" means on a divine scale, whereas we only know what wisdom is believed to mean in a confined cultural context).
  • Likewise, God is not evil
    Evil
    Evil is the violation of, or intent to violate, some moral code. Evil is usually seen as the dualistic opposite of good. Definitions of evil vary along with analysis of its root motive causes, however general actions commonly considered evil include: conscious and deliberate wrongdoing,...

     (to say that God can be described by the word 'good' limits God to what good behavior means to human beings individually and en masse).
  • God is not a creation (but beyond that we cannot define how God exists or operates in relation to the whole of humanity).
  • God is not conceptually defined in terms of space
    Space
    Space is the boundless, three-dimensional extent in which objects and events occur and have relative position and direction. Physical space is often conceived in three linear dimensions, although modern physicists usually consider it, with time, to be part of a boundless four-dimensional continuum...

     and location
    Location (geography)
    The terms location and place in geography are used to identify a point or an area on the Earth's surface or elsewhere. The term 'location' generally implies a higher degree of can certainty than "place" which often has an ambiguous boundary relying more on human/social attributes of place identity...

    .
  • God is not conceptually confined to assumptions based on time
    Time
    Time is a part of the measuring system used to sequence events, to compare the durations of events and the intervals between them, and to quantify rates of change such as the motions of objects....

    .


Even though the via negativa essentially rejects theological understanding as a path to God, some have sought to make it into an intellectual exercise, by describing God only in terms of what God is not. One problem noted with this approach, is that there seems to be no fixed basis on deciding what God is not, unless the Divine is understood as an abstract experience of full aliveness unique to each individual consciousness, and universally, the perfect goodness applicable to the whole field of reality. It should be noted that this is also a kind of definition, namely that the Divine is an experience, which - because of the very definition of apophatic theology - the then Divine cannot be.

In Greek philosophy



The ancient Greek poet Hesiod
Hesiod
Hesiod was a Greek oral poet generally thought by scholars to have been active between 750 and 650 BC, around the same time as Homer. His is the first European poetry in which the poet regards himself as a topic, an individual with a distinctive role to play. Ancient authors credited him and...

 has in his account of the birth of the gods and creation of the world (i.e., in his Theogony
Theogony
The Theogony is a poem by Hesiod describing the origins and genealogies of the gods of the ancient Greeks, composed circa 700 BC...

) that Chaos
Chaos (mythology)
Chaos refers to the formless or void state preceding the creation of the universe or cosmos in the Greek creation myths, more specifically the initial "gap" created by the original separation of heaven and earth....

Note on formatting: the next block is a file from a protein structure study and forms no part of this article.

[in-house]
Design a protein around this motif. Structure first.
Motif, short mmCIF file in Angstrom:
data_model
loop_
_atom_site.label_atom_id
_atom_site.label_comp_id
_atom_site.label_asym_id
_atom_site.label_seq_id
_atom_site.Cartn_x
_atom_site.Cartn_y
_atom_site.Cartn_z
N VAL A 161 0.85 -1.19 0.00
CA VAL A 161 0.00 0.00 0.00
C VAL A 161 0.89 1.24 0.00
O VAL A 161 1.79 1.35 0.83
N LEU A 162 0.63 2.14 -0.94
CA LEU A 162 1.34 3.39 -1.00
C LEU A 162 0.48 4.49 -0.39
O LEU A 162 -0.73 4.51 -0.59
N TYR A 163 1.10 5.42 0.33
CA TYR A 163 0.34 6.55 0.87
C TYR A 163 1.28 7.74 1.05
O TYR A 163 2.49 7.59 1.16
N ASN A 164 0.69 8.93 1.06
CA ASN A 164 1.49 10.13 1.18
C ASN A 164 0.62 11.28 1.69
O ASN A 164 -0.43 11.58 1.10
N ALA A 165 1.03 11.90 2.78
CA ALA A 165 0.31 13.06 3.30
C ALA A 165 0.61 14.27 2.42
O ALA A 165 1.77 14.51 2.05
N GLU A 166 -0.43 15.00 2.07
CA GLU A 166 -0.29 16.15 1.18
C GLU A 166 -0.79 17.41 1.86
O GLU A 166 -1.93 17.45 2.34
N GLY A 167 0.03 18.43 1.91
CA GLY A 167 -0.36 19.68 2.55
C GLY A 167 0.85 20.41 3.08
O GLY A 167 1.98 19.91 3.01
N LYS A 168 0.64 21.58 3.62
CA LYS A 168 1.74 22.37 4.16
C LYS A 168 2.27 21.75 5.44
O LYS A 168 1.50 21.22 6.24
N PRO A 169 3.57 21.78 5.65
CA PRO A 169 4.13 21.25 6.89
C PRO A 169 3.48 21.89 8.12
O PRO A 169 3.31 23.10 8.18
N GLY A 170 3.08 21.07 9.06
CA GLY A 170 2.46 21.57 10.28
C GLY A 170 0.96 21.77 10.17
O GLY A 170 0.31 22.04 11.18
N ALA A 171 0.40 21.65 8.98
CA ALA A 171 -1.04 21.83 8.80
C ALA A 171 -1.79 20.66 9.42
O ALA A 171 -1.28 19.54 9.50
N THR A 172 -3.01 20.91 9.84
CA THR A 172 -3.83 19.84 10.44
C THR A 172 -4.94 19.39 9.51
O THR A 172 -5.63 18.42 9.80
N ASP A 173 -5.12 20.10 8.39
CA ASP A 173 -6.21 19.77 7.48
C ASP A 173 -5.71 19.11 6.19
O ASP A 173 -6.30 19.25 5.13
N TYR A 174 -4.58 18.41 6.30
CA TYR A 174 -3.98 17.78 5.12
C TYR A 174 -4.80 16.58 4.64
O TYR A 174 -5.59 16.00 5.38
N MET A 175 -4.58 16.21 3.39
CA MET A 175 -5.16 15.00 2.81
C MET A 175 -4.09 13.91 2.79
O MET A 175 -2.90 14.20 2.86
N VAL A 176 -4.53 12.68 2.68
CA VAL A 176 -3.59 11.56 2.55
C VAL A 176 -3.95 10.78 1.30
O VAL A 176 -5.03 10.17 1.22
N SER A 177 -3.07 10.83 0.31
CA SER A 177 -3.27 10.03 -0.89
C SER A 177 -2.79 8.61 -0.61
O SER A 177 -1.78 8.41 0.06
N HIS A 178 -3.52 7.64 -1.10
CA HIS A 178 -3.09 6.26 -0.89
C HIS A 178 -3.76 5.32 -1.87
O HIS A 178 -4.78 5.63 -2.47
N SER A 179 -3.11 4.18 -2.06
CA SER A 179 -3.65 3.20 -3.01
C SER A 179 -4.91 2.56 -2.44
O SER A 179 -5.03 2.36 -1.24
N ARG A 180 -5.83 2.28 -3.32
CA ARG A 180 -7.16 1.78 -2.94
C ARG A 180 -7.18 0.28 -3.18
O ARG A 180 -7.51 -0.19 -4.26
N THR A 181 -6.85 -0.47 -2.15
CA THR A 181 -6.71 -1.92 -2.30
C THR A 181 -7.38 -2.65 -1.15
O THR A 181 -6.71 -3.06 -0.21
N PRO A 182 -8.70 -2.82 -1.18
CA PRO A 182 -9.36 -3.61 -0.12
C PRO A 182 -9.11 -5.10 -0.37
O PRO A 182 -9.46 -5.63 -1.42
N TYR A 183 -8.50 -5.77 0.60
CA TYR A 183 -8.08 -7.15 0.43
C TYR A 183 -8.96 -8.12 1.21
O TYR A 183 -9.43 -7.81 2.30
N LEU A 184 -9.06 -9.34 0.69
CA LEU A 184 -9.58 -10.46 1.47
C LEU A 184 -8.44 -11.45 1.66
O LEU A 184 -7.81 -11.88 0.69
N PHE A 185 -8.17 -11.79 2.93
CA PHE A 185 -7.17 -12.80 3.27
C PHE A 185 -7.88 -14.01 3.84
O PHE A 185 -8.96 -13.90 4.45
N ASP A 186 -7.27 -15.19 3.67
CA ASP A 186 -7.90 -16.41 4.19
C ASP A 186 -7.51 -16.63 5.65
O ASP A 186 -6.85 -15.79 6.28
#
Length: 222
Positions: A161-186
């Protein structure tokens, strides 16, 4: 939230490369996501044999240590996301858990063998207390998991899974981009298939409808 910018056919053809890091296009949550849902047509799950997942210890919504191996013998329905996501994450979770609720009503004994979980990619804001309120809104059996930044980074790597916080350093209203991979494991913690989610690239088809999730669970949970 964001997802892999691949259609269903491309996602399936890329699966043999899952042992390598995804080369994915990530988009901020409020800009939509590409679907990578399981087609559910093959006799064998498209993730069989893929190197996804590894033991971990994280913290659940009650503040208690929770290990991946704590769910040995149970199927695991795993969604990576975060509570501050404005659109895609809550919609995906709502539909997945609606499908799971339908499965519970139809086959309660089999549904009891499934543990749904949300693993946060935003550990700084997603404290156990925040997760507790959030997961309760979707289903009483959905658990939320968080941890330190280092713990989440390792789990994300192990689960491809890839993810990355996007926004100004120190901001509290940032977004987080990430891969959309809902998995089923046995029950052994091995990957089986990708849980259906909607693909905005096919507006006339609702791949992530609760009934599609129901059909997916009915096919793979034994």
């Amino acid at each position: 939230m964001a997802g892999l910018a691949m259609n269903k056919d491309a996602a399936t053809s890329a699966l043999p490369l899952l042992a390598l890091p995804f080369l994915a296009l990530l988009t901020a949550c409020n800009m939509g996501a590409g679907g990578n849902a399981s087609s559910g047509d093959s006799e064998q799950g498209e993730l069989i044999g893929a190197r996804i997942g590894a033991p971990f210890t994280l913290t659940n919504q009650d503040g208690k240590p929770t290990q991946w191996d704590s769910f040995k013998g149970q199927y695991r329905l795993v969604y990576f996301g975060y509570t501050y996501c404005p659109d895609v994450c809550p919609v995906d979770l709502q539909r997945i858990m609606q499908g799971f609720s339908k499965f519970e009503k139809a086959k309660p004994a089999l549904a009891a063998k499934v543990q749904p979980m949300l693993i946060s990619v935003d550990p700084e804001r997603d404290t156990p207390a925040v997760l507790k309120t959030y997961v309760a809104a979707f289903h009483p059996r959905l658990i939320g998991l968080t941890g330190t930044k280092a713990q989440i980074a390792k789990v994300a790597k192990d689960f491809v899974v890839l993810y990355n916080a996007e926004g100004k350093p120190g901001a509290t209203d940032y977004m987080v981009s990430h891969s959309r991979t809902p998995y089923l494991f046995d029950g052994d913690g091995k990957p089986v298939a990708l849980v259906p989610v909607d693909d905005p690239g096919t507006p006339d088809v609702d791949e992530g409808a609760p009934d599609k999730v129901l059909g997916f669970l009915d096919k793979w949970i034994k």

begot the Protogenoi
Protogenoi
In Greek mythology the Prôtogenoi are a genealogy of primordial Greek gods, the name literally means "first born" or "primeval" and are a group of deities born in the beginning of the universe....

: Eros, Gaia
Gaia (mythology)
Gaia was the primordial Earth-goddess in ancient Greek religion. Gaia was the great mother of all: the heavenly gods and Titans were descended from her union with Uranus , the sea-gods from her union with Pontus , the Giants from her mating with Tartarus and mortal creatures were sprung or born...

 (Earth) and Tartarus
Tartarus
In classic mythology, below Uranus , Gaia , and Pontus is Tartarus, or Tartaros . It is a deep, gloomy place, a pit, or an abyss used as a dungeon of torment and suffering that resides beneath the underworld. In the Gorgias, Plato In classic mythology, below Uranus (sky), Gaia (earth), and Pontus...

, who begot Erebus
Erebus
In Greek mythology, Erebus , also Erebos , was often conceived as a primordial deity, representing the personification of darkness; for instance, Hesiod's Theogony places him as the first five beings to come into existence from Chaos...

 (Darkness) and Nyx (Night), and Plato echoes this genealogy in the Timaeus
Timaeus (dialogue)
Timaeus is one of Plato's dialogues, mostly in the form of a long monologue given by the title character, written circa 360 BC. The work puts forward speculation on the nature of the physical world and human beings. It is followed by the dialogue Critias.Speakers of the dialogue are Socrates,...

40e, 41e where the familiar Titan and Olympian gods are sired by Heaven and Earth. Nevertheless, Plato is far from advocating a negative theology. His Form of the Good (identified by various commentators with the Form of Unity) is not unknowable, but rather the highest object of knowledge (The Republic 508d-e, 511b, 516b).

Plotinus
Plotinus
Plotinus was a major philosopher of the ancient world. In his system of theory there are the three principles: the One, the Intellect, and the Soul. His teacher was Ammonius Saccas and he is of the Platonic tradition...

 advocated negative theology in his strand of neoplatonism